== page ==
Two phases of the stimulus-response curve are most clearly seen when the currents are measured in cell suspensions, since in this case measurements can be extended to lower light intensities due to a high signal-to-noise ratio [31]. Fitting of the curve is only possible with two saturation functions (Fig. 4). The ratio between the amplitudes of the low- and high-saturating components varies from 1 : 10 to 1 : 5, and the ratio between their saturation levels varies from 1 : 300 to 1 : 50 in different species and culture states.

Figure 4
Fig. 4. Dependence of the amplitude of the photoreceptor current (PC) recorded in suspensions of Chlamydomonas reinhardtii on the intensity of the excitation flash. Solid line is the result of a computer fit with a sum of two hyperbolic functions.

One possible explanation for the low light saturation of the first phase of the stimulus-response curve is its being limited by the concentration of a secondary messenger. Therefore, a hypothesis has been suggested that the low-saturating phase of the curve reflects saturation of the late photoreceptor current, whereas the high-saturating phase is determined by the saturation of the early photoreceptor current [4]. However, this hypothesis cannot explain the high sensitivity of the current amplitude to the physiological state of the cell at high stimulus intensities, so that the interpretation of the two phases of the stimulus-response curve at present remains unclear.

The causal relationship between the two receptor currents in green flagellate algae is also not yet known. Since most physiological evidences point to a single rhodopsin species to mediate both phototaxis and the photophobic response, it is likely that this species is responsible for both currents that develop in parallel or in series. However, a possibility of the two currents being mediated by different rhodopsins cannot be totally ruled out [44].

Molecular components of the enzymatic signaling cascade that is characteristic for visual receptor cells have been identified by biochemical methods in the eyespot preparations from green flagellate algae. The isolated Chlamydomonas eyespots have been reported to in vitro mediate the light-dependent activity of cGMP-phosphodiesterase from bovine retina in the presence of bovine transducin [45, 46]. Membranes of a carotenoid-deficient Chlamydomonas mutant did not have this capacity, unless they were preincubated with 11-cis- or all-trans-retinal [47]. The membranes, preincubated with either retinal isomer, but not untreated, also catalyzed photostimulation of transducin GTPase [47]. These findings have been interpreted as an indication to that Chlamydomonas phototaxis receptor has the binding site for animal transducin [46].

Several proteins with characteristics of subunits of heteromeric G proteins were detected in the eyespot preparations from the green flagellate algae C. reinhardtii and S. similis [48-50]. The GTPase activity measured in the isolated eyespots of S. similis is regulated by light and Ca2+ [51]. The antibodies raised against the retinal-binding protein identified in the eyespots of C. reinhardtii [52] recognized a specific 32 kD protein in the eyespot preparations of S. similis and inhibited light modulation of their GTPase activity [51]. In addition, Ca2+-dependent protein kinase and phosphatase activities were found in these preparations [50, 53].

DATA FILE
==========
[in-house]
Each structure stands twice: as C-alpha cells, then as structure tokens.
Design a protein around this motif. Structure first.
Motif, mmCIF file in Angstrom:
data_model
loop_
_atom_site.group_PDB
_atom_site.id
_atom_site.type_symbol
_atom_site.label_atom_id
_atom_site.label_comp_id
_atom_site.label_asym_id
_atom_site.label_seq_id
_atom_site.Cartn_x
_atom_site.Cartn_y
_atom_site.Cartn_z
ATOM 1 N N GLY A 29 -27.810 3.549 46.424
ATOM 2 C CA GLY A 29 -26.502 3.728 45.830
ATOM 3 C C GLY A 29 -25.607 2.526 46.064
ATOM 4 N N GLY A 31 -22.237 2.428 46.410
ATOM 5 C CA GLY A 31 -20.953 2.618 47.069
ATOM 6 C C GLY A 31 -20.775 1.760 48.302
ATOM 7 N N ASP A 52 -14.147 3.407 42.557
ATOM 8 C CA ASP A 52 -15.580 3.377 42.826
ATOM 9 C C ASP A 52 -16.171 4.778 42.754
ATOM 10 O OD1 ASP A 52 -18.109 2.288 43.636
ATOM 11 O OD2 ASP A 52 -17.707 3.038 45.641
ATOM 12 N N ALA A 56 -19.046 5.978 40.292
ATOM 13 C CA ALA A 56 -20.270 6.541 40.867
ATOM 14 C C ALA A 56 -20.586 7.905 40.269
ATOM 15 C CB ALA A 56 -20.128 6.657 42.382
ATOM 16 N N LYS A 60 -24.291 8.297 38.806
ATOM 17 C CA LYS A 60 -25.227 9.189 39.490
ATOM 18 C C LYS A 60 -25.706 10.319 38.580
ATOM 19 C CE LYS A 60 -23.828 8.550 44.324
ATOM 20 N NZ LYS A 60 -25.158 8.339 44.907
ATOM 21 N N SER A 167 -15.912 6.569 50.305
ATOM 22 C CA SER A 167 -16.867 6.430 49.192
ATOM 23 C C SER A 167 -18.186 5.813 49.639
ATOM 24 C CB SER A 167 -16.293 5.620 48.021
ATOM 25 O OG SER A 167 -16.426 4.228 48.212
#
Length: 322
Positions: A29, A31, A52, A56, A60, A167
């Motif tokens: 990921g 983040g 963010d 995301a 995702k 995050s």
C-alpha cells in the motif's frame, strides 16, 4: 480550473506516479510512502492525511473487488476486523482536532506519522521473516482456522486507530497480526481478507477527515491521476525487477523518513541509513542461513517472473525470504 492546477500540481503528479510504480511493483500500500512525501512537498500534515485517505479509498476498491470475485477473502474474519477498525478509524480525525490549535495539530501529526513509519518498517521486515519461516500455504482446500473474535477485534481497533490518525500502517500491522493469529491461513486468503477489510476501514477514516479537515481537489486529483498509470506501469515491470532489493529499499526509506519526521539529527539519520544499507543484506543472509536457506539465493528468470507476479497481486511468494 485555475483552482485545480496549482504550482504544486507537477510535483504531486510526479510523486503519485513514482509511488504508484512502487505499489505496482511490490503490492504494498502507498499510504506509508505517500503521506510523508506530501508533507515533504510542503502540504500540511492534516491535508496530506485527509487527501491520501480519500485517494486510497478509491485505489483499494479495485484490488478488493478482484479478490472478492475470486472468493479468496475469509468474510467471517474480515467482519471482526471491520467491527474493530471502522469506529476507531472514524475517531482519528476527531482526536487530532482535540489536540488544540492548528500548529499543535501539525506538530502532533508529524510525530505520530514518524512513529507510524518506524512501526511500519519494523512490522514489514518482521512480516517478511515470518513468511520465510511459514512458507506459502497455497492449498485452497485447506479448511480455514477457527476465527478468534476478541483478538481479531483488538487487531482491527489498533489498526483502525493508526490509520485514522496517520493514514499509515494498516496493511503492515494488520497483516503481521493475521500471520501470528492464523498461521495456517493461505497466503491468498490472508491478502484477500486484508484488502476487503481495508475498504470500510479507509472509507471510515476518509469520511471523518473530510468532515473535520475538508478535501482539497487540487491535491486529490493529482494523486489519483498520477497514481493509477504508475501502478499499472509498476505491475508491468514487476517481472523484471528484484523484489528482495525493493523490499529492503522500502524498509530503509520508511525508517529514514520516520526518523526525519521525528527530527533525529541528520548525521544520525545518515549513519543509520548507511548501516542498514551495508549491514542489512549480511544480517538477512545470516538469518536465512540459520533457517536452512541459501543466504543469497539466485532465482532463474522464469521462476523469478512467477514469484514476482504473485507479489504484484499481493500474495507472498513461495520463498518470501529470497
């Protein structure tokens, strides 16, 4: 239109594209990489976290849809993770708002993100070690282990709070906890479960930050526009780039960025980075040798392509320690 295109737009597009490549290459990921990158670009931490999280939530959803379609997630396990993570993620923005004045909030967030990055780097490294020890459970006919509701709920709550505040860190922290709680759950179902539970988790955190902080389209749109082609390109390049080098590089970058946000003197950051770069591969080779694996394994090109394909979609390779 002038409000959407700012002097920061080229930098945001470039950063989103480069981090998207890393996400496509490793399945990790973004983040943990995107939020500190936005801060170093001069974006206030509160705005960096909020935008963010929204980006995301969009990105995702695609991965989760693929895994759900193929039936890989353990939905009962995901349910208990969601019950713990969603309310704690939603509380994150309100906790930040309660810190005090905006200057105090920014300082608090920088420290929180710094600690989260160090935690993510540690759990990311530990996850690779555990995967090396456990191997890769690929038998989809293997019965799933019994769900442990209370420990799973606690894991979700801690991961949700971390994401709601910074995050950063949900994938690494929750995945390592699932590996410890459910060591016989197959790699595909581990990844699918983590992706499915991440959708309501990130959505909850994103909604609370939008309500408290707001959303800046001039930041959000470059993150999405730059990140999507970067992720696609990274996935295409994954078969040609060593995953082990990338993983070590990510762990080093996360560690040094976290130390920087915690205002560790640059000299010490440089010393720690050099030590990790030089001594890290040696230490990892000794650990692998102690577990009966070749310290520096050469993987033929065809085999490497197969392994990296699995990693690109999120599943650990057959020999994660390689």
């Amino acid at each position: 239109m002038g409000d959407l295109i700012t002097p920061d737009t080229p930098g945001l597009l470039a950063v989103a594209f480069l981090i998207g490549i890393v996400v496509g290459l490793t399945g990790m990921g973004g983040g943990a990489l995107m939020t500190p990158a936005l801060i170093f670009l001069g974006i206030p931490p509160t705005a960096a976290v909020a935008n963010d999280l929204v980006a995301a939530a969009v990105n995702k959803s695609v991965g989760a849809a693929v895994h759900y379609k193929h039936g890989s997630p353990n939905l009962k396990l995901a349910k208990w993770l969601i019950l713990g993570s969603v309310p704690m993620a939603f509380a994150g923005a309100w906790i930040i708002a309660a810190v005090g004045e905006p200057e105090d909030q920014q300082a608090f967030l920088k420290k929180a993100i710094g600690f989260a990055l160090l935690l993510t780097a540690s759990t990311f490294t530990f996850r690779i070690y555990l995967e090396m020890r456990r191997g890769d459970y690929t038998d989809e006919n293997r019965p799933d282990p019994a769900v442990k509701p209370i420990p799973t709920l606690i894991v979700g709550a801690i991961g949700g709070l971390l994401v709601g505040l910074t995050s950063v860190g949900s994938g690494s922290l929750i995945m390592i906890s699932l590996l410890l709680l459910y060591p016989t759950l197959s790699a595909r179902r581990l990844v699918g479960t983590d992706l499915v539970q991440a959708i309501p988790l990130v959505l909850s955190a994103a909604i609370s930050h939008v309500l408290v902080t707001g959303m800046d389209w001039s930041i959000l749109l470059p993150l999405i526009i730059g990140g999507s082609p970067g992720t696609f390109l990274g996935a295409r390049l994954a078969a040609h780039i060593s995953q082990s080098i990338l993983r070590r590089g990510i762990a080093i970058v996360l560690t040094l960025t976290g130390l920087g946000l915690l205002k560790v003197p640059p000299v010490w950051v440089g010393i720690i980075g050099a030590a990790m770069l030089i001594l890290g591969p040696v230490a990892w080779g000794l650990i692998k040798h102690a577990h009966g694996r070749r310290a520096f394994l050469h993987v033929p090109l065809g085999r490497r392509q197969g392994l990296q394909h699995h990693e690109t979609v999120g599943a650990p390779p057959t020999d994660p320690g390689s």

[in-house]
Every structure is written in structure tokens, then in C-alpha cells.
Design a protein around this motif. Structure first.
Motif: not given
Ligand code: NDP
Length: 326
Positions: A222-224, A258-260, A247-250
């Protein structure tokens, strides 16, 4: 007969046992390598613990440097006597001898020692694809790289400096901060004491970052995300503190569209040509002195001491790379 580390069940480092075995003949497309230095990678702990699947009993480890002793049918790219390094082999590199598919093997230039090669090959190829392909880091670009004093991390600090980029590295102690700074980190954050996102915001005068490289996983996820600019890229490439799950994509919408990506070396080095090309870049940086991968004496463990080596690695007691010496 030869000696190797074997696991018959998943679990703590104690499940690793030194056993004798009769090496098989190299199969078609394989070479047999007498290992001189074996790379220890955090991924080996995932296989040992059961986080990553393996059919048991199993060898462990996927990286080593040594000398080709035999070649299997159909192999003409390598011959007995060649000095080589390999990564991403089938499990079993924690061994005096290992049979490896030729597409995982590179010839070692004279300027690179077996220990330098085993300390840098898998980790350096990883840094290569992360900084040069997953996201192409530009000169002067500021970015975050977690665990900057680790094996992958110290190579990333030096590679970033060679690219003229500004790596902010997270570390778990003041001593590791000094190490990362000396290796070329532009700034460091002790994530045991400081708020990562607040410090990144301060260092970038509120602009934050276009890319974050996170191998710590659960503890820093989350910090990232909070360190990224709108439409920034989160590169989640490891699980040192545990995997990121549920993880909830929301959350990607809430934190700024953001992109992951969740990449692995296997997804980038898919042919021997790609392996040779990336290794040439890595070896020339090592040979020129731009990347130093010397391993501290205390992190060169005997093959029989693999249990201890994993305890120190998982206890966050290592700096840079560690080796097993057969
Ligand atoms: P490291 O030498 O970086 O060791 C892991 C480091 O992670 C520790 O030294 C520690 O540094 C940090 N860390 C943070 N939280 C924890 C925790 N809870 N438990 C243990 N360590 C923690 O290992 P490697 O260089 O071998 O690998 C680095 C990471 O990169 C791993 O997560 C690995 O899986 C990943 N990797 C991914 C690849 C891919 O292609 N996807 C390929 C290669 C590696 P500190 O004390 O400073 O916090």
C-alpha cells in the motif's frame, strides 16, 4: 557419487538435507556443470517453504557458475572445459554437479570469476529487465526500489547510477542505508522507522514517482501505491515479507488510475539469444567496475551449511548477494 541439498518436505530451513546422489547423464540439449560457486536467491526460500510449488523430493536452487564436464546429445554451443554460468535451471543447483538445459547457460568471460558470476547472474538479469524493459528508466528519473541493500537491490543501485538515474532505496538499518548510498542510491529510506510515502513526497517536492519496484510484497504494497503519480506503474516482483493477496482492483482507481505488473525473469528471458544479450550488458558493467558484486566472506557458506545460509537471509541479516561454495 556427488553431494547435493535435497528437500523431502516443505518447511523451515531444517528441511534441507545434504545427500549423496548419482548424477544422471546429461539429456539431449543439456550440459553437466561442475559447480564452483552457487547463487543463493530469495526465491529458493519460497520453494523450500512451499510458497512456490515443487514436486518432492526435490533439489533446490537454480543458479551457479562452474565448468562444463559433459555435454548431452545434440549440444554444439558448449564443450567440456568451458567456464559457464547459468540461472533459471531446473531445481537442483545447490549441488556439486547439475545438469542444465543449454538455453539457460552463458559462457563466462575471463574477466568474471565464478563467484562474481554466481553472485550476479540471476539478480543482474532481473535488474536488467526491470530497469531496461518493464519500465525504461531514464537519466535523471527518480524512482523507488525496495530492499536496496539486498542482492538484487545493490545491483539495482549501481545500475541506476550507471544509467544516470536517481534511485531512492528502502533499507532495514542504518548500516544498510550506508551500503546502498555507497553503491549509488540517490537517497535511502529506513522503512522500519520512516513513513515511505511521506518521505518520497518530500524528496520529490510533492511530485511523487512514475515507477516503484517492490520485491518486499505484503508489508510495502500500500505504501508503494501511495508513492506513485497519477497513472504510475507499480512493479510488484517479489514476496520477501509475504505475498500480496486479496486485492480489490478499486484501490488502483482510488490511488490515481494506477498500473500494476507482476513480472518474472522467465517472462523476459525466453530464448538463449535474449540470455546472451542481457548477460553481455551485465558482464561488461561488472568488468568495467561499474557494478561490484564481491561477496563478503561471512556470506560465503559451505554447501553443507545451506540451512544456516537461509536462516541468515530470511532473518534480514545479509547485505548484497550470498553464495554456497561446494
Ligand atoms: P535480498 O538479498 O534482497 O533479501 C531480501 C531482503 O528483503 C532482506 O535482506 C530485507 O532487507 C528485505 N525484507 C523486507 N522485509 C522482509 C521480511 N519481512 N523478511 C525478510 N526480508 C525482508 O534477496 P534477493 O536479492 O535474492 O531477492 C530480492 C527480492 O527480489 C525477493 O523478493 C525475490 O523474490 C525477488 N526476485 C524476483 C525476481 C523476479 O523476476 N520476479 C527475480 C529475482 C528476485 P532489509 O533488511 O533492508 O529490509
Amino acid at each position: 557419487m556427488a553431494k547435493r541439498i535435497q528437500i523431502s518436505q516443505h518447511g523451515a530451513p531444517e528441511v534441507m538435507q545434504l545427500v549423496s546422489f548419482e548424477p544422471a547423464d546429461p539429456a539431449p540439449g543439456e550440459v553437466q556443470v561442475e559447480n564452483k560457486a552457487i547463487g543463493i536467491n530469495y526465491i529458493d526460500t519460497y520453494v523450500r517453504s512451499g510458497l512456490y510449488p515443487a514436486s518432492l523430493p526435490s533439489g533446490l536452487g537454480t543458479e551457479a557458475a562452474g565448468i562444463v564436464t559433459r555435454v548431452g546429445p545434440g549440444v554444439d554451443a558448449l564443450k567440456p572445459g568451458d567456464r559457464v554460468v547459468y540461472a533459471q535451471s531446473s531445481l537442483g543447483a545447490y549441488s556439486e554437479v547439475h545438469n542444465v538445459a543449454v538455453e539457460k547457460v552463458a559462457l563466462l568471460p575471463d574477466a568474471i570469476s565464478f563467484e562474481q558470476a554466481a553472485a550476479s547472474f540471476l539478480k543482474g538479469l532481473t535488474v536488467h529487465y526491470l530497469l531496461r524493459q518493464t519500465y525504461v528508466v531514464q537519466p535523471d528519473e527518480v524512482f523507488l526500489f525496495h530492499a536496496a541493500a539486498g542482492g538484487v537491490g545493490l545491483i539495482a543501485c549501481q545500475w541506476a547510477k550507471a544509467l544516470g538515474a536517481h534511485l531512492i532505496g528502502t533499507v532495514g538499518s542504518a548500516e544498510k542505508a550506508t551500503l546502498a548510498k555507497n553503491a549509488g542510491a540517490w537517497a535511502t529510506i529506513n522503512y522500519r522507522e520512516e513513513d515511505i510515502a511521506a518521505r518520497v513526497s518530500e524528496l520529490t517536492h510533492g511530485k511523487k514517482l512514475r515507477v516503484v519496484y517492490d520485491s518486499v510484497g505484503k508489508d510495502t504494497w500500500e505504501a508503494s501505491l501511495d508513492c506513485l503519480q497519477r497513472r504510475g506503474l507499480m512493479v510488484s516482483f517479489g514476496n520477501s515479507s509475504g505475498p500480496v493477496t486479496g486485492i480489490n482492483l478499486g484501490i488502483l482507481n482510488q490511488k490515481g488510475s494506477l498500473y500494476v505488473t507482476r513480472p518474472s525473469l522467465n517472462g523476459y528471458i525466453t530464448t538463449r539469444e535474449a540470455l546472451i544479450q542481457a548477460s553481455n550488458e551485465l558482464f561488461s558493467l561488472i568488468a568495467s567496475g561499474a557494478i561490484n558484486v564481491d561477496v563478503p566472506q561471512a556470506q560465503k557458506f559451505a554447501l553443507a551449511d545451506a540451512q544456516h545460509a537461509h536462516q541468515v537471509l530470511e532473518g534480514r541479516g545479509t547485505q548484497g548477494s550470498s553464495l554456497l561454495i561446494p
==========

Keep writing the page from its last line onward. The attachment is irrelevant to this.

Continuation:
These data led to a hypothesis that heteromeric GTPases are involved in the signal transduction chain in green flagellate algae, which is mostly supported by an observation that the light dependence and spectral sensitivity of the photoinduced inhibition of the GTPase activity correlate to those of phototaxis [51]. However, it is difficult to establish whether this correlation is specific due to a large amount of carotenoids and other pigments with spectral characteristics close to those of the receptor rhodopsin found in the eyespot preparations. Besides that, it is not known to what extent results obtained in isolated eyespot preparations reflect processes in intact cells rather than artifacts related to cell disruption.


Initial ideas on the chemical nature of receptors for photobehavioral responses were gained by measurement of their spectral sensitivity. Action spectra with maxima between 450 and 500 nm have been reported for phototaxis and the photophobic response in a number of Chlorophyta (Platymonas subcordiformis, Dunaliella salina, Stephanoptera gracilis,gametes of Ulva taeniata and Ulva rigida [54]; Chlamydomonas reinhardtii [55]; Volvox aureus [56]), as well as in the dynoflagellate Gymnodinium splendens [57]. Such spectra point to the pigments containing flavins or carotenoids as their chromophores. Lack of a near UV band in phototaxis spectra in the above microorganisms ruled out the former possibility [58]. Coincidence of the overall shape of these spectra and that of the absorption spectrum of animal visual rhodopsin led to the hypothesis that phototaxis receptors in green flagellate algae might be homologous to the pigments of animal vision [16].